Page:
MOS 6581 SID

The 6530 SID (Sound Interface Device)

The SID is a mixed-signal integrated circuit, featuring both digital and analog circuitry. All control ports are digital, while the output ports are analog. The SID features three-voice synthesis, where each voice may use one of at least five different waveforms: pulse wave (with variable duty cycle), triangle wave, sawtooth wave, pseudorandom noise (called white noise in documentation), and certain complex/combined waveforms when multiple waveforms are selected simultaneously.

Due to imperfect manufacturing technologies of the time and poor separation between the analog and digital parts of the chip, the 6581's output (before the amplifier stage) was always slightly biased from the zero level. Each time the volume register was altered, an audible click was produced. By quickly adjusting the amplifier's gain through the main 4-bit volume register, this bias could be modulated as PCM, resulting in a "virtual" fourth channel allowing 4-bit digital sample playback.

The better manufacturing technology in the 8580 used in the later revisions of Commodore 64C and the Commodore 128 DCR caused the bias to almost entirely disappear, causing the digitized sound samples to become very quiet. Fortunately, the volume level could be mostly restored with either a hardware modification (biasing the audio-in pin), or more commonly a software trick involving using the Pulse waveform to intentionally recreate the required bias.

The software trick generally renders one voice temporarily unusable, although clever musical compositions can make this problem less noticeable. An excellent example of this quality improvement noticeably reducing a sampled channel can be found in the introduction to Electronic Arts' game Skate or Die (1987). The guitar riff played is all but missing when played on the Commodore 64c or the Commodore 128.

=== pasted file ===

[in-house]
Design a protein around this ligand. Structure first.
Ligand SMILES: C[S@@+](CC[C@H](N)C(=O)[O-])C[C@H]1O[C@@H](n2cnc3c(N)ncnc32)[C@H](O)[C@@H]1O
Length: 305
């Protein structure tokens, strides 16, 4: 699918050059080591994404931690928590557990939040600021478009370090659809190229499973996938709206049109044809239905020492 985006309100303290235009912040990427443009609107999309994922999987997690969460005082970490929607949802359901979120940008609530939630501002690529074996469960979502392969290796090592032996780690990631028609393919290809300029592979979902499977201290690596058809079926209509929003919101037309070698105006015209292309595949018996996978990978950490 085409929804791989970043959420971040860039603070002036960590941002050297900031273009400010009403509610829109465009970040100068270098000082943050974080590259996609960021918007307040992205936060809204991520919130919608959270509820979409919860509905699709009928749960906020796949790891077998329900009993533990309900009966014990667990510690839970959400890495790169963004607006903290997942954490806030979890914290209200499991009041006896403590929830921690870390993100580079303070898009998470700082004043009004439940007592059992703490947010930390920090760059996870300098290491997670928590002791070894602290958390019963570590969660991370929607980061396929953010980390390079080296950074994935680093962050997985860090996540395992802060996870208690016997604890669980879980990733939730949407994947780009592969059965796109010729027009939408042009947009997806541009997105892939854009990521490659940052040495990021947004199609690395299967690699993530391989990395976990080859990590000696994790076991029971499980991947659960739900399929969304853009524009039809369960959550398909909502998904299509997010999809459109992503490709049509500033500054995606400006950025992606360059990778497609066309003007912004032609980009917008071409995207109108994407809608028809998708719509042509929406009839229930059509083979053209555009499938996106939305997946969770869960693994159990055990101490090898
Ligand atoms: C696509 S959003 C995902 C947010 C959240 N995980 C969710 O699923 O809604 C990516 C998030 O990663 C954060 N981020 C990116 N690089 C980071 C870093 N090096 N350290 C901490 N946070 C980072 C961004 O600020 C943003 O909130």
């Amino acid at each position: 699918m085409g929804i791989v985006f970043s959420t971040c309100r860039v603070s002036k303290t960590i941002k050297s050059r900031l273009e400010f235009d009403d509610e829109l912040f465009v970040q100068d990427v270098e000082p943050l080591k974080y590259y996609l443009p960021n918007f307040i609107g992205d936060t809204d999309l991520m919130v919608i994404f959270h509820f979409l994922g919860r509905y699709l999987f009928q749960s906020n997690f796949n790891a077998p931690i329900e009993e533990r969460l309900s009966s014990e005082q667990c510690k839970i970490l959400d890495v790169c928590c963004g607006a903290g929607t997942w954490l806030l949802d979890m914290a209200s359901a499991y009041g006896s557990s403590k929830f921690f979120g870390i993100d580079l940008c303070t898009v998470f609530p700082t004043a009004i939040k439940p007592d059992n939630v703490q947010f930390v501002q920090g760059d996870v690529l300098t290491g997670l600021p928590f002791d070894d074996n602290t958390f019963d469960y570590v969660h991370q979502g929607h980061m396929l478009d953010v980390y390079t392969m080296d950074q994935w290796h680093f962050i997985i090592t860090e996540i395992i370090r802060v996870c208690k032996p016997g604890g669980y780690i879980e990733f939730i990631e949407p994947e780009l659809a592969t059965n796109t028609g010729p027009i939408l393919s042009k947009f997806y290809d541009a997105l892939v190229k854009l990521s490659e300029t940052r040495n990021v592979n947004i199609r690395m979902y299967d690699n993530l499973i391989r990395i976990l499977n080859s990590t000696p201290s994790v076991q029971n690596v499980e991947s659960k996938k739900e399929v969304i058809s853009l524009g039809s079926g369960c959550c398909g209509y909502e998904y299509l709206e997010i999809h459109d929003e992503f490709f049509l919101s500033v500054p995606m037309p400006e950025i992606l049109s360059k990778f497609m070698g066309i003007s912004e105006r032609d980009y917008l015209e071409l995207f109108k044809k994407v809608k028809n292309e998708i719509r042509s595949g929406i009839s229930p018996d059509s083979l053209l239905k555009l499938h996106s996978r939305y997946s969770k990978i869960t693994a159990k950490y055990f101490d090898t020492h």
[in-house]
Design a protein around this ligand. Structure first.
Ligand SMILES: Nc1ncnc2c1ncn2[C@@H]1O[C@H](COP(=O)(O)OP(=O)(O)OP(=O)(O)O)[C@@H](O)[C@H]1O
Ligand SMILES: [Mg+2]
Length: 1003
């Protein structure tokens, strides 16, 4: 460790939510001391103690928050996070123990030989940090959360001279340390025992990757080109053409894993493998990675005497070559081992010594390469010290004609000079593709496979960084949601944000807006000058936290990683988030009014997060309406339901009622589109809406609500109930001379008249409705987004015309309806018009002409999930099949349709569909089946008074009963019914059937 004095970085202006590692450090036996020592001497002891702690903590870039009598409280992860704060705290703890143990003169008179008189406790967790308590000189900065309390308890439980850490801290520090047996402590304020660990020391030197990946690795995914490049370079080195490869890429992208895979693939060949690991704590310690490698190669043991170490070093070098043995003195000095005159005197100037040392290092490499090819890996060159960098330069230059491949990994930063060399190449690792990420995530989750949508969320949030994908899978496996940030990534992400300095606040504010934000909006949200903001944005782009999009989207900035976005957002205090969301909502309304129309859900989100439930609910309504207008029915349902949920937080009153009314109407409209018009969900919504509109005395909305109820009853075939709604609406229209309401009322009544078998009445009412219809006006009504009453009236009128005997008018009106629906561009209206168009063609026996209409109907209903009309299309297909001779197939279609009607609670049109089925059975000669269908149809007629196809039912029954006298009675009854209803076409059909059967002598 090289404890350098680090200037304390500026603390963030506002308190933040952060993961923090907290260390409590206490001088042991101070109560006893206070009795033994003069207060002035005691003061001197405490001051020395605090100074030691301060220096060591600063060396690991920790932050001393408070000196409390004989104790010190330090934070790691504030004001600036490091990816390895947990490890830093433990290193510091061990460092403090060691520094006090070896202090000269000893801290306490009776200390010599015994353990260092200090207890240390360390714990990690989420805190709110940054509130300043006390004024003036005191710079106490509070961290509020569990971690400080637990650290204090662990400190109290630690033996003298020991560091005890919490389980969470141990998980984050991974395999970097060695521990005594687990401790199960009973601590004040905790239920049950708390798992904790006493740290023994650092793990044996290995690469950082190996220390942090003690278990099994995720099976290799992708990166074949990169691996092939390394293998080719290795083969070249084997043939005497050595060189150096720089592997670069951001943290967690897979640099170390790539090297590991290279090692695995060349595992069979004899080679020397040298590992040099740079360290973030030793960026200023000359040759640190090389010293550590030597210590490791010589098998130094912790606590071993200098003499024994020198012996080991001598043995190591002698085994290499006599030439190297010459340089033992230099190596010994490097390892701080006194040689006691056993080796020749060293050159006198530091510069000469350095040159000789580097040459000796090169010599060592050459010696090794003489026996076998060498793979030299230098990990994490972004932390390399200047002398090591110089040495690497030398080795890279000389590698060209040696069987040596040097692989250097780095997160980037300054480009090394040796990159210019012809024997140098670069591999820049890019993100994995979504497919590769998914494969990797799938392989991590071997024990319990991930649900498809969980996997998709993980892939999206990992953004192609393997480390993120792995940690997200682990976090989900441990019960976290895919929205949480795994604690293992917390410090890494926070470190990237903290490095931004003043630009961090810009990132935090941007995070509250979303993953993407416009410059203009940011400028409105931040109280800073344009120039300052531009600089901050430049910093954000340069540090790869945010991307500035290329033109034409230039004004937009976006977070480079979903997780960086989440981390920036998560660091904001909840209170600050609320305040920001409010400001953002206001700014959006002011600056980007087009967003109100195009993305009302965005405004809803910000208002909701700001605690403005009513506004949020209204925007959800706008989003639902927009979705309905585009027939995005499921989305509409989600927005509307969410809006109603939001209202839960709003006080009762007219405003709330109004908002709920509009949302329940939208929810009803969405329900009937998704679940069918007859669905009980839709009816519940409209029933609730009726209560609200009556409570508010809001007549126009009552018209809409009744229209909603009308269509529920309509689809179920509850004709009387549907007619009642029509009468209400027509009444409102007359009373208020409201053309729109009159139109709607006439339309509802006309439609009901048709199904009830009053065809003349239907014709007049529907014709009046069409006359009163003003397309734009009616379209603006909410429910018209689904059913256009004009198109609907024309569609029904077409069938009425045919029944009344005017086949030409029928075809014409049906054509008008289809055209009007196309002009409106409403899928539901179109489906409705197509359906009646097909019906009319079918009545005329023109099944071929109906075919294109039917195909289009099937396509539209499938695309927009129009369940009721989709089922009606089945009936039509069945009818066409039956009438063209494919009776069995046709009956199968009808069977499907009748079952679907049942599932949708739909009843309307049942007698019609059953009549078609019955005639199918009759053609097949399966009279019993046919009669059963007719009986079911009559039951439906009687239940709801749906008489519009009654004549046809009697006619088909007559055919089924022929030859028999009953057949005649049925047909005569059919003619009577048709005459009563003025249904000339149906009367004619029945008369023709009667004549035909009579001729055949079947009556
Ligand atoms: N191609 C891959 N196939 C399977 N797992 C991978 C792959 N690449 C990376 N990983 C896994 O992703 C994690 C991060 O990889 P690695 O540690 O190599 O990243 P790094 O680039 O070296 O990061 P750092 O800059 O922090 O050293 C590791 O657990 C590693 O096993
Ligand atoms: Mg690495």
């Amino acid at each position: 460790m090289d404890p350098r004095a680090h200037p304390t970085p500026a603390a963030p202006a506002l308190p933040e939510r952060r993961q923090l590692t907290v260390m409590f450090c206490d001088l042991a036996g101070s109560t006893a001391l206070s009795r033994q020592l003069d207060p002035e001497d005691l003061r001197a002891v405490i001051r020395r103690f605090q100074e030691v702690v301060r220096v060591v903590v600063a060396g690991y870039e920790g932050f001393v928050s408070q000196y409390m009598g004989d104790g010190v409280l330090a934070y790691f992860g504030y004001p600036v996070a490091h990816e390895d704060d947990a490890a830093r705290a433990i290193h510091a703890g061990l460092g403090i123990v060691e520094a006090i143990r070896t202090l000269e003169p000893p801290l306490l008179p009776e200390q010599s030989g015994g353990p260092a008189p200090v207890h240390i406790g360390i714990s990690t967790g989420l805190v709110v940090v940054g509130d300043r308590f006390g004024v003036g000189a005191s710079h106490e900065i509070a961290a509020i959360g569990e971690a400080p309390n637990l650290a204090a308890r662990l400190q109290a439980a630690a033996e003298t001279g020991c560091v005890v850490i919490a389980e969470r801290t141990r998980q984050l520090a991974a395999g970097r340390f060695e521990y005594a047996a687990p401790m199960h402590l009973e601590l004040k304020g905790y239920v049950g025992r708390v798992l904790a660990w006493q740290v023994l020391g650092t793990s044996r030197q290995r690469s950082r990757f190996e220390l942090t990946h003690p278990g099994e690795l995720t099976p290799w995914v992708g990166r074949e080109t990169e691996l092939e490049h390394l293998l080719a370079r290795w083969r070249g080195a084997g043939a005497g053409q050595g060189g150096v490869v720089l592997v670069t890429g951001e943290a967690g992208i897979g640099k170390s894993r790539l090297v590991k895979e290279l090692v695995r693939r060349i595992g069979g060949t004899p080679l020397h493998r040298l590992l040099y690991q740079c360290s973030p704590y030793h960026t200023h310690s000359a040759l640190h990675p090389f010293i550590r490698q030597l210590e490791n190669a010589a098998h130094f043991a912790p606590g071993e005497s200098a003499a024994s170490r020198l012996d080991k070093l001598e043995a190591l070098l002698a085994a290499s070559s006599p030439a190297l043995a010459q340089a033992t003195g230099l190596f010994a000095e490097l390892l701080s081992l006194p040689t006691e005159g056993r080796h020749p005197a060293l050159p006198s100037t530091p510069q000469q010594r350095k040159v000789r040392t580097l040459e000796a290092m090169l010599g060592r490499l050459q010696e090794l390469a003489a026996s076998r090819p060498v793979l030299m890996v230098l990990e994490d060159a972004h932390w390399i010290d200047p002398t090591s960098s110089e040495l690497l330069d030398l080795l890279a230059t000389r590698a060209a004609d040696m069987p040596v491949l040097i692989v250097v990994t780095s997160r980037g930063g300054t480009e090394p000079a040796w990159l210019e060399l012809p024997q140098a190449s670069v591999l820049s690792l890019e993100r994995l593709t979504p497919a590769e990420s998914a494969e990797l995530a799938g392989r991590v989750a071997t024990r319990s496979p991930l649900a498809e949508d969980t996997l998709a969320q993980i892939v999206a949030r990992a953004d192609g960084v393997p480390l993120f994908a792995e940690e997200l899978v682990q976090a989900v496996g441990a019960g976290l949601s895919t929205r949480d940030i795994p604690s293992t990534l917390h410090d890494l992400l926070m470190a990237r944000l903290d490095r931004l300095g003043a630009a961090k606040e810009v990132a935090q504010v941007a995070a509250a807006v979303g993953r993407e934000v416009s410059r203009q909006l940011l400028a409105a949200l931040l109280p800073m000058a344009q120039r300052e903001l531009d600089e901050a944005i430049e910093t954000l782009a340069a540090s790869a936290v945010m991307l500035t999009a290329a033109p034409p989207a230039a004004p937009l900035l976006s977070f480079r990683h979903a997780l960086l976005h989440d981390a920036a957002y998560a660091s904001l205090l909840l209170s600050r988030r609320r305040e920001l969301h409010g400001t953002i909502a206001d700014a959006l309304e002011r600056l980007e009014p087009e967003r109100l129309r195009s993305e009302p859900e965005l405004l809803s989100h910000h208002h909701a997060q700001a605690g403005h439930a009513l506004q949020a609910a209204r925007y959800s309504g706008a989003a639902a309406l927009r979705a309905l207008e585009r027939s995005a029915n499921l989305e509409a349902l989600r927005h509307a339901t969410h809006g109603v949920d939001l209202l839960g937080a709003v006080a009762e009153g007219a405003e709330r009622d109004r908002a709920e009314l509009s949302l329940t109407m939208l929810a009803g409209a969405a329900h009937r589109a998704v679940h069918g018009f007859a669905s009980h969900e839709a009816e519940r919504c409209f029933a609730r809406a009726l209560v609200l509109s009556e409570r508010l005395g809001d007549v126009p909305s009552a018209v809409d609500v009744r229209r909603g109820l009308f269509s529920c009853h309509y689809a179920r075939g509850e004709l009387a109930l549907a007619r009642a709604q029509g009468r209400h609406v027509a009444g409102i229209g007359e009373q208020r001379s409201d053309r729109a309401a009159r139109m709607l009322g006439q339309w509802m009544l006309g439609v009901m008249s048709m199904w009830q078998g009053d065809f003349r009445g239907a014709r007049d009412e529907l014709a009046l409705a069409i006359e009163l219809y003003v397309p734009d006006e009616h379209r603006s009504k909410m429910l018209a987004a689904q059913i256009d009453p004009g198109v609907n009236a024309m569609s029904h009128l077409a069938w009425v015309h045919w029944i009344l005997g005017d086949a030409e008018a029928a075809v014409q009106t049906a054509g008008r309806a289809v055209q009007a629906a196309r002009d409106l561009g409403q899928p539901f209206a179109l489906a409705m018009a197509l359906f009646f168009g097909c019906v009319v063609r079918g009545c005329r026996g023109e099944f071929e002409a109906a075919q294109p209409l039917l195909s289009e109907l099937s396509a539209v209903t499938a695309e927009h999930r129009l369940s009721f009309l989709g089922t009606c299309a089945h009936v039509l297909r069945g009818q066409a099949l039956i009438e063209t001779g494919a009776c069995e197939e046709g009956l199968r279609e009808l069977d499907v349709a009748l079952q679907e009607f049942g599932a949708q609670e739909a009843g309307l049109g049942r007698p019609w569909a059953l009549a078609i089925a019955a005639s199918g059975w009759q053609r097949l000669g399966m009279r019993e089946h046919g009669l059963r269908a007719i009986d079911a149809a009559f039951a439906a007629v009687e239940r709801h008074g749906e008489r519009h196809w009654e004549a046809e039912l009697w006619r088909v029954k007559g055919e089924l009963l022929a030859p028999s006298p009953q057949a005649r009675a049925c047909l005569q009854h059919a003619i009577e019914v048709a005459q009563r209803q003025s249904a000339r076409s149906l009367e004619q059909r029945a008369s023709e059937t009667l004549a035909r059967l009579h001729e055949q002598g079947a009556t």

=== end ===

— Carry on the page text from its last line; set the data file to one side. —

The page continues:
The 6581 and 8580 differ from each other in several ways. The original 6581 was manufactured using the older NMOS process, which used 12V DC to operate.

The 6581 is very sensitive to static discharge and if they weren't handled properly the filters would stop working, explaining the reason of the great quantity of dead 6581s in the market.

The 8580 was made using the HMOS-II process, which requires less power (9V DC), and therefore makes the IC run cooler. The 8580 is thus far more durable than the 6581.

Also, due to more stable waveform generators, the bit-mixing effects are less noticeable and thus the combined waveforms come close to matching the original SID specification (which stated that they will be combined as a binary AND). The filter is also very different between the two models, with the 6581 cutoff range being a relatively straight line on a log scale, while the cutoff range on the 8580 is a straight line on a linear scale, and is close to the designers' actual specifications. Additionally, a better separation between the analog and the digital circuits made the 8580's output less noisy and distorted. The noise in 6xxx-series systems can be reduced by disconnecting the audio-in pin.

The consumer version of the 8580 was rebadged the 6582, even though the die on the chip is identical to a stock 8580 chip, including the '8580R5' mark. Dr. Evil Laboratories used it in their SID Symphony expansion cartridge (sold to Creative Micro Designs in 1991), and it was used in a few other places as well, including one PC sound-card.

Despite its documented shortcomings, many SID musicians prefer the flawed 6581 chip over the corrected 8580 chip. The main reason for this is that the filter produces strong distortion that is sometimes used to produce simulation of instruments such as a distorted electric guitar. Also, the highpass component of the filter was mixed in 3 dB attenuated compared to the other outputs, making the sound more bassy. In addition to nonlinearities in filter, the D/A circuitry used in the waveform generators produces yet more additional distortion that made its sound richer in character.

Source: Wikipedia: MOS Technology 6581